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Glacial influence on the geochemistry of riverine iron fluxes to the Gulf of Alaska and effects of deglaciation

Glacial influence on the geochemistry of riverine iron fluxes to the Gulf of Alaska and effects of deglaciation
Glacial influence on the geochemistry of riverine iron fluxes to the Gulf of Alaska and effects of deglaciation
Riverine iron (Fe) derived from glacial weathering is a critical micronutrient source to ecosystems of the Gulf of Alaska (GoA). Here we demonstrate that the source and chemical nature of riverine Fe input to the GoA could change dramatically due to the widespread watershed deglaciation that is underway. We examine Fe size partitioning, speciation, and isotopic composition in tributaries of the Copper River which exemplify a long-term GoA watershed evolution from one strongly influenced by glacial weathering to a boreal-forested watershed. Iron fluxes from glacierized tributaries bear high suspended sediment and colloidal Fe loads of mixed valence silicate species, with low concentrations of dissolved Fe and dissolved organic carbon (DOC). Iron isotopic composition is indicative of mechanical weathering as the Fe source. Conversely, Fe fluxes from boreal-forested systems have higher dissolved Fe concentrations corresponding to higher DOC concentrations. Iron colloids and suspended sediment consist of Fe (hydr)oxides and organic complexes. These watersheds have an iron isotopic composition indicative of an internal chemical processing source. We predict that as the GoA watershed evolves due to deglaciation, so will the source, flux, and chemical nature of riverine Fe loads, which could have significant ramifications for Alaskan marine and freshwater ecosystems.
0094-8276
L16605
Schroth, Andrew W.
1c5ebec1-01b8-4c09-87b2-c1fa1eebd94e
Crusius, John
5faf5a68-a070-41c7-8429-9b2d12a9a668
Chever, Fanny
d0e0d02e-a5c7-47e6-a510-15f7a0402eea
Bostick, Benjamin C.
5826dfb0-f9ae-47c5-87a5-052d4e025539
Rouxel, Olivier J.
c68deadf-01db-450a-9cc8-97f24ddb1d77
Schroth, Andrew W.
1c5ebec1-01b8-4c09-87b2-c1fa1eebd94e
Crusius, John
5faf5a68-a070-41c7-8429-9b2d12a9a668
Chever, Fanny
d0e0d02e-a5c7-47e6-a510-15f7a0402eea
Bostick, Benjamin C.
5826dfb0-f9ae-47c5-87a5-052d4e025539
Rouxel, Olivier J.
c68deadf-01db-450a-9cc8-97f24ddb1d77

Schroth, Andrew W., Crusius, John, Chever, Fanny, Bostick, Benjamin C. and Rouxel, Olivier J. (2011) Glacial influence on the geochemistry of riverine iron fluxes to the Gulf of Alaska and effects of deglaciation. Geophysical Research Letters, 38 (16), L16605. (doi:10.1029/2011GL048367).

Record type: Article

Abstract

Riverine iron (Fe) derived from glacial weathering is a critical micronutrient source to ecosystems of the Gulf of Alaska (GoA). Here we demonstrate that the source and chemical nature of riverine Fe input to the GoA could change dramatically due to the widespread watershed deglaciation that is underway. We examine Fe size partitioning, speciation, and isotopic composition in tributaries of the Copper River which exemplify a long-term GoA watershed evolution from one strongly influenced by glacial weathering to a boreal-forested watershed. Iron fluxes from glacierized tributaries bear high suspended sediment and colloidal Fe loads of mixed valence silicate species, with low concentrations of dissolved Fe and dissolved organic carbon (DOC). Iron isotopic composition is indicative of mechanical weathering as the Fe source. Conversely, Fe fluxes from boreal-forested systems have higher dissolved Fe concentrations corresponding to higher DOC concentrations. Iron colloids and suspended sediment consist of Fe (hydr)oxides and organic complexes. These watersheds have an iron isotopic composition indicative of an internal chemical processing source. We predict that as the GoA watershed evolves due to deglaciation, so will the source, flux, and chemical nature of riverine Fe loads, which could have significant ramifications for Alaskan marine and freshwater ecosystems.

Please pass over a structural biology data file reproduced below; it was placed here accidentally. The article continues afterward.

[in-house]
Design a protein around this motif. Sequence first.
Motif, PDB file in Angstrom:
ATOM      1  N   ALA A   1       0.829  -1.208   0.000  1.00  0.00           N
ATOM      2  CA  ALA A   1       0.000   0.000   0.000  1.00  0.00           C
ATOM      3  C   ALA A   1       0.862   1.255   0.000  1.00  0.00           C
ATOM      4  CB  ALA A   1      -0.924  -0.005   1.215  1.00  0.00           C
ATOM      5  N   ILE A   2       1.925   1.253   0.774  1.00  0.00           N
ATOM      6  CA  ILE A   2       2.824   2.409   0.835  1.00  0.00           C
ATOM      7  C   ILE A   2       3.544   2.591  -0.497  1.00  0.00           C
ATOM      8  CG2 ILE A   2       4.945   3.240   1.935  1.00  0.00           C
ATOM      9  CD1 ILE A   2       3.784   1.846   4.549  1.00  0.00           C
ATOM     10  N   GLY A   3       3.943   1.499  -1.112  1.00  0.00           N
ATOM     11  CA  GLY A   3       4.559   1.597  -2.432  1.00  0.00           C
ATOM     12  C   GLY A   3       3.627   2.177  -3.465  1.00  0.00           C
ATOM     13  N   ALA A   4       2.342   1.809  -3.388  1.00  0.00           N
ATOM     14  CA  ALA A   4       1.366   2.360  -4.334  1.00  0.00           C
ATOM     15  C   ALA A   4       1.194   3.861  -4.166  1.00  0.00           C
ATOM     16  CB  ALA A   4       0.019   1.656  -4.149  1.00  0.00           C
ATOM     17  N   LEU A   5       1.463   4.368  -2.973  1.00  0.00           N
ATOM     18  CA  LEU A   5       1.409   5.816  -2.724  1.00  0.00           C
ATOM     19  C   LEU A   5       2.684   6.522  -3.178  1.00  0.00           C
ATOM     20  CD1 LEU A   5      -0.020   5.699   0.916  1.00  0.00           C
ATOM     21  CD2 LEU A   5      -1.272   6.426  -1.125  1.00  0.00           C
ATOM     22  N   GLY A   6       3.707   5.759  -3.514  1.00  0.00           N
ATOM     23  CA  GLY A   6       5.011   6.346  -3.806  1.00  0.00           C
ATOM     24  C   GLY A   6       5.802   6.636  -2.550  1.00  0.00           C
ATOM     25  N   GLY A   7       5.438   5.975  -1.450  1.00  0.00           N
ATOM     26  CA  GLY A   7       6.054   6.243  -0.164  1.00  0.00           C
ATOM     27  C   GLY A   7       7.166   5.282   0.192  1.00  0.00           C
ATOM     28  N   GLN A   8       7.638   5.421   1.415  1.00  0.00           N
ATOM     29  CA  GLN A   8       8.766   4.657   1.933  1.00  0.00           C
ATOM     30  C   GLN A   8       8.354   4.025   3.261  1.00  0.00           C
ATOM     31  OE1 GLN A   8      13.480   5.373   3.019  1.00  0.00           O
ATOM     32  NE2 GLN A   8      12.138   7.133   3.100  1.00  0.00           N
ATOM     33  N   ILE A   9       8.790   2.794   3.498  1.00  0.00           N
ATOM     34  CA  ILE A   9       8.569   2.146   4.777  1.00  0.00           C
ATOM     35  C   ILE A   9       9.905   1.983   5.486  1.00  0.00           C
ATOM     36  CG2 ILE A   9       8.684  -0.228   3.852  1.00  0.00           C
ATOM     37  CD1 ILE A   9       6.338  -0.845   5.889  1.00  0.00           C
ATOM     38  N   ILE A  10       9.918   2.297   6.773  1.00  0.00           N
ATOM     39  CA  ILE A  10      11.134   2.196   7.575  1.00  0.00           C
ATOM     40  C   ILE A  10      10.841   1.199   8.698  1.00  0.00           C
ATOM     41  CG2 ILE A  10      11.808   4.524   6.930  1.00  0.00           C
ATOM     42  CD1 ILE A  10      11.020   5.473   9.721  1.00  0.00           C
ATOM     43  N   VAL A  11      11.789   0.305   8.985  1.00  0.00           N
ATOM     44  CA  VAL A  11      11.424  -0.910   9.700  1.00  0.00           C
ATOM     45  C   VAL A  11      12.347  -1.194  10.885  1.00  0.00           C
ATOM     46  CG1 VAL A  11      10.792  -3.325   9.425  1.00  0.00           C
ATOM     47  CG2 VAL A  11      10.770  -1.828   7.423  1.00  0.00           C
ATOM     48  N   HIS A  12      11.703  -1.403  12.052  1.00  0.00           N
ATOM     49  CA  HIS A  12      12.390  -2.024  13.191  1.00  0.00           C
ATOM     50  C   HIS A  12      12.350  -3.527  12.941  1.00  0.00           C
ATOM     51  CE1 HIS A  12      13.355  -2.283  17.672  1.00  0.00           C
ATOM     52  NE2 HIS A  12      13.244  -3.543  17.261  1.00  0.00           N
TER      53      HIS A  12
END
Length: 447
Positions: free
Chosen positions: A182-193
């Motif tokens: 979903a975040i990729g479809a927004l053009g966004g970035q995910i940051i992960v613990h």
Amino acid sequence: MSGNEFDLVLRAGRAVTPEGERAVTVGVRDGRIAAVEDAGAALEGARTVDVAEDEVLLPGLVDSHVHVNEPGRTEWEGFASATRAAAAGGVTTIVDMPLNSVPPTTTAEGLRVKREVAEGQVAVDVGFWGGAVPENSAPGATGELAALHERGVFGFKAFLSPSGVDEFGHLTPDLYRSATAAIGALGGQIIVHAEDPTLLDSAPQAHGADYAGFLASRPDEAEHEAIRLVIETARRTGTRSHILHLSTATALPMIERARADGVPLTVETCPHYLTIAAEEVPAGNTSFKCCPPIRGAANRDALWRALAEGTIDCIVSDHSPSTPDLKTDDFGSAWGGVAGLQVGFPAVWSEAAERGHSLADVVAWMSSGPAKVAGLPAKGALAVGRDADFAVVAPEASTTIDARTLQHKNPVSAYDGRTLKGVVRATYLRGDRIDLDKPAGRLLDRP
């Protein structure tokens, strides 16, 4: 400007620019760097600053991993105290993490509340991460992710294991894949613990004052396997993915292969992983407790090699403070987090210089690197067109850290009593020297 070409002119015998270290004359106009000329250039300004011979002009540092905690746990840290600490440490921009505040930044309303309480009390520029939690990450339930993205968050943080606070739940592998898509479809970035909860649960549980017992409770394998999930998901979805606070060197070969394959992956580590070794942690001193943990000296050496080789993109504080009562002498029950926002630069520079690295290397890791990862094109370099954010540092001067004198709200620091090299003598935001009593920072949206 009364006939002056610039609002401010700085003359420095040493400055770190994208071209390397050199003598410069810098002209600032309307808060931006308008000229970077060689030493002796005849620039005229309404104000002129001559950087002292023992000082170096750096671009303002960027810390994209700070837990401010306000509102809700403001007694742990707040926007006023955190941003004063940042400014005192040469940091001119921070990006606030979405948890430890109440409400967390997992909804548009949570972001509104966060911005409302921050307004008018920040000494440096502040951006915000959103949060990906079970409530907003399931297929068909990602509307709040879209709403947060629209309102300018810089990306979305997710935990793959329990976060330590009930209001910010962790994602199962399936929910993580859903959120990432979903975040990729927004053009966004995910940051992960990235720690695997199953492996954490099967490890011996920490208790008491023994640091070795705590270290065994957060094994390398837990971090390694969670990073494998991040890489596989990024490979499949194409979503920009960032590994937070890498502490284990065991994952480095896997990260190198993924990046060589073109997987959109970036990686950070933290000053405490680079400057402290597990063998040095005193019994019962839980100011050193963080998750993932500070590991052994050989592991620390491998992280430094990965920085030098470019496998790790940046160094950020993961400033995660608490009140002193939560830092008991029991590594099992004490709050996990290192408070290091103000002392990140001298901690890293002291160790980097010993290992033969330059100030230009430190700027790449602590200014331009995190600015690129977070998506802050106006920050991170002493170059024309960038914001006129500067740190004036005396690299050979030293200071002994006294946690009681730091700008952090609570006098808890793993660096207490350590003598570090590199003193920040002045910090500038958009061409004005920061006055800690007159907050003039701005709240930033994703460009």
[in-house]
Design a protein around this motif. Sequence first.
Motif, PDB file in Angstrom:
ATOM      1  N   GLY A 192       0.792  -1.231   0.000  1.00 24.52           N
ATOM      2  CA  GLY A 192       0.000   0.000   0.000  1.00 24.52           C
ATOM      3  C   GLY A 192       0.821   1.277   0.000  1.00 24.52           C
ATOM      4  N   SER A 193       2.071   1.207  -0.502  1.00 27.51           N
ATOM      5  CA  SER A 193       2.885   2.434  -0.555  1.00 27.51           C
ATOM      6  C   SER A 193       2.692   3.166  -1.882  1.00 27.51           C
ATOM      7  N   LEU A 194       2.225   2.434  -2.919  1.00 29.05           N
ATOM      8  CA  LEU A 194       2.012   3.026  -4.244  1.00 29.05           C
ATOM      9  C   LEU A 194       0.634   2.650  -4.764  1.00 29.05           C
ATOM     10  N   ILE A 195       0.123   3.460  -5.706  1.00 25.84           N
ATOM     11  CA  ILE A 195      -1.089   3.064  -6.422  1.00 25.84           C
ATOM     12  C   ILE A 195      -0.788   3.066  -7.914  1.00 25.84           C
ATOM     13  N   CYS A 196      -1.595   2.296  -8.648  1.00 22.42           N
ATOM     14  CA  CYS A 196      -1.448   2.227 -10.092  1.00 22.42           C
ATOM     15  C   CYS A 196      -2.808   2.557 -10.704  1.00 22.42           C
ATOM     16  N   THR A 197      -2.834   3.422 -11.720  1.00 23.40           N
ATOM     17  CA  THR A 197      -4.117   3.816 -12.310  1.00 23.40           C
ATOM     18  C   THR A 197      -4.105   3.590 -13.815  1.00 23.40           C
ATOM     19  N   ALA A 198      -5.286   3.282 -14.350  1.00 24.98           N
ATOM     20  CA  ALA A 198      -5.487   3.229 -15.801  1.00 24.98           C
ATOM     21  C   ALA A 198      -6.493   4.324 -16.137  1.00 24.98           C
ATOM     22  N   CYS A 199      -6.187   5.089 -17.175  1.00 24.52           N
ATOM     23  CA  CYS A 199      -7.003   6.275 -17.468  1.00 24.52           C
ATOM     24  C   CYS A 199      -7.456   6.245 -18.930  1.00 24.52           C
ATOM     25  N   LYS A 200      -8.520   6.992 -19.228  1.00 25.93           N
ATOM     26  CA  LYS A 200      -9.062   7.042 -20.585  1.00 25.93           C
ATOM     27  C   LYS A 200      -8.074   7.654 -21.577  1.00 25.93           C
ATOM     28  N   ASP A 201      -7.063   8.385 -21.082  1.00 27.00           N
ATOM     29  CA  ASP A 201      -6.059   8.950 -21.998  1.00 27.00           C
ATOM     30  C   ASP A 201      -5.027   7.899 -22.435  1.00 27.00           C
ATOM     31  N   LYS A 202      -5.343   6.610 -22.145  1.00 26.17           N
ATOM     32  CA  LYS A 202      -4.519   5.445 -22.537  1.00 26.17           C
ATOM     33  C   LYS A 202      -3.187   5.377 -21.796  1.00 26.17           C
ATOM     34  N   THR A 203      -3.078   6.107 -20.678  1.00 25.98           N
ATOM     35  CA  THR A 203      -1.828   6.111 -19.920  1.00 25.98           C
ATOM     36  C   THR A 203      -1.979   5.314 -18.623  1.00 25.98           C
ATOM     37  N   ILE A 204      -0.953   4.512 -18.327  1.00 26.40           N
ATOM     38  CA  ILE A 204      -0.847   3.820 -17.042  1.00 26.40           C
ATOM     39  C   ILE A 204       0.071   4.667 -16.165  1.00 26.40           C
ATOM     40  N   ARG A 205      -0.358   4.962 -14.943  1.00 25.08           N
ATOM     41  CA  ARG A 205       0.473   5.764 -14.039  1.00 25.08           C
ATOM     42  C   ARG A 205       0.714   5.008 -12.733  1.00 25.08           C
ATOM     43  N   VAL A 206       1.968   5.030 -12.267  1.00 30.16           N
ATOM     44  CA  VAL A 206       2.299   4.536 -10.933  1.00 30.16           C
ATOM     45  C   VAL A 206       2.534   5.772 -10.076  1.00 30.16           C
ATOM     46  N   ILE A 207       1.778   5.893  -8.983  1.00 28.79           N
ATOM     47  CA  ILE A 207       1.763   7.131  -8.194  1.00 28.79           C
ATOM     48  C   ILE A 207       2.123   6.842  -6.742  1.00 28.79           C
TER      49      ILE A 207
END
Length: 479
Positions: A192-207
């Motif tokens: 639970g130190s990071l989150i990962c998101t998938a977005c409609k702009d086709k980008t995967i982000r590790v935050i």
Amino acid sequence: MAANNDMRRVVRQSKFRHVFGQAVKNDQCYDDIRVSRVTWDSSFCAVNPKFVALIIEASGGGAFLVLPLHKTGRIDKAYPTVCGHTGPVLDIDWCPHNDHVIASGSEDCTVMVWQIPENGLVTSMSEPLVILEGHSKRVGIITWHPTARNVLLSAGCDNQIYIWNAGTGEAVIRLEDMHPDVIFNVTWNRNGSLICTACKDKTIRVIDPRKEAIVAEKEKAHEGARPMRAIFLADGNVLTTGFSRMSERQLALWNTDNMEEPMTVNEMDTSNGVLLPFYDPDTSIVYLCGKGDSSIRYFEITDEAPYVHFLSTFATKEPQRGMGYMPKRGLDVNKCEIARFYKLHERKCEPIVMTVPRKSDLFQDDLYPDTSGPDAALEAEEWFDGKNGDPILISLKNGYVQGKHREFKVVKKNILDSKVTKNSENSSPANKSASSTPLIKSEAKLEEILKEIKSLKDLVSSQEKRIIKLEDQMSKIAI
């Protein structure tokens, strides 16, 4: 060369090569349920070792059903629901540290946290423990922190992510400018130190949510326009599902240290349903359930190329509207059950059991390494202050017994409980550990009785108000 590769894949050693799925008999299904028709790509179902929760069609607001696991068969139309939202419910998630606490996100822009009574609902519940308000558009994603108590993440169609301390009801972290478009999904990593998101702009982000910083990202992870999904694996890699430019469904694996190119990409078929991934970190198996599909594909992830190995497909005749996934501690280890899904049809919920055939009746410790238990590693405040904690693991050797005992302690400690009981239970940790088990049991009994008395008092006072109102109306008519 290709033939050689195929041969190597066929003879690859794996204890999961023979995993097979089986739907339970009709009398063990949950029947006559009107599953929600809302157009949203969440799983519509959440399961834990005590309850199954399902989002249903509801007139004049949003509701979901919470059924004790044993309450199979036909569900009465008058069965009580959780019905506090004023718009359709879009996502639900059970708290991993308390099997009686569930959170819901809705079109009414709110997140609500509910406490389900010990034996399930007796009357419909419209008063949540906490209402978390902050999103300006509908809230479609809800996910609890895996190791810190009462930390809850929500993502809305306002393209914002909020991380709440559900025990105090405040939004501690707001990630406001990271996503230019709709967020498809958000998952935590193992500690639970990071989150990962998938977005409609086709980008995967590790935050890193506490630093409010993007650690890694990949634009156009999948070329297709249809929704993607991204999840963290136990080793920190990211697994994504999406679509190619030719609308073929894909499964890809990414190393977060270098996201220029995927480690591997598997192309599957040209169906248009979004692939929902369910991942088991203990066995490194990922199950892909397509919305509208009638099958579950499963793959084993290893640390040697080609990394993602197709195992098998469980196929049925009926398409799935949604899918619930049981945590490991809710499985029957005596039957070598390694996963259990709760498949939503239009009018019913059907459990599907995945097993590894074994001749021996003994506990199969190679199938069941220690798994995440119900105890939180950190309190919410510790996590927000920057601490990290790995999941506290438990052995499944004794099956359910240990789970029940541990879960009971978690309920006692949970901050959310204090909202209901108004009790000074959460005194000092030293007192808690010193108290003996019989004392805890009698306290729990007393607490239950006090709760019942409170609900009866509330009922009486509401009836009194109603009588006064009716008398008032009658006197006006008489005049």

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Published date: August 2011
Organisations: Ocean and Earth Science

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Local EPrints ID: 364762
URI: https://eprints.soton.ac.uk/id/eprint/364762
ISSN: 0094-8276
PURE UUID: 8f88bf21-d424-43cf-b604-44d72cae6dd1

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Date deposited: 09 May 2014 09:58
Last modified: 16 Jul 2019 21:06

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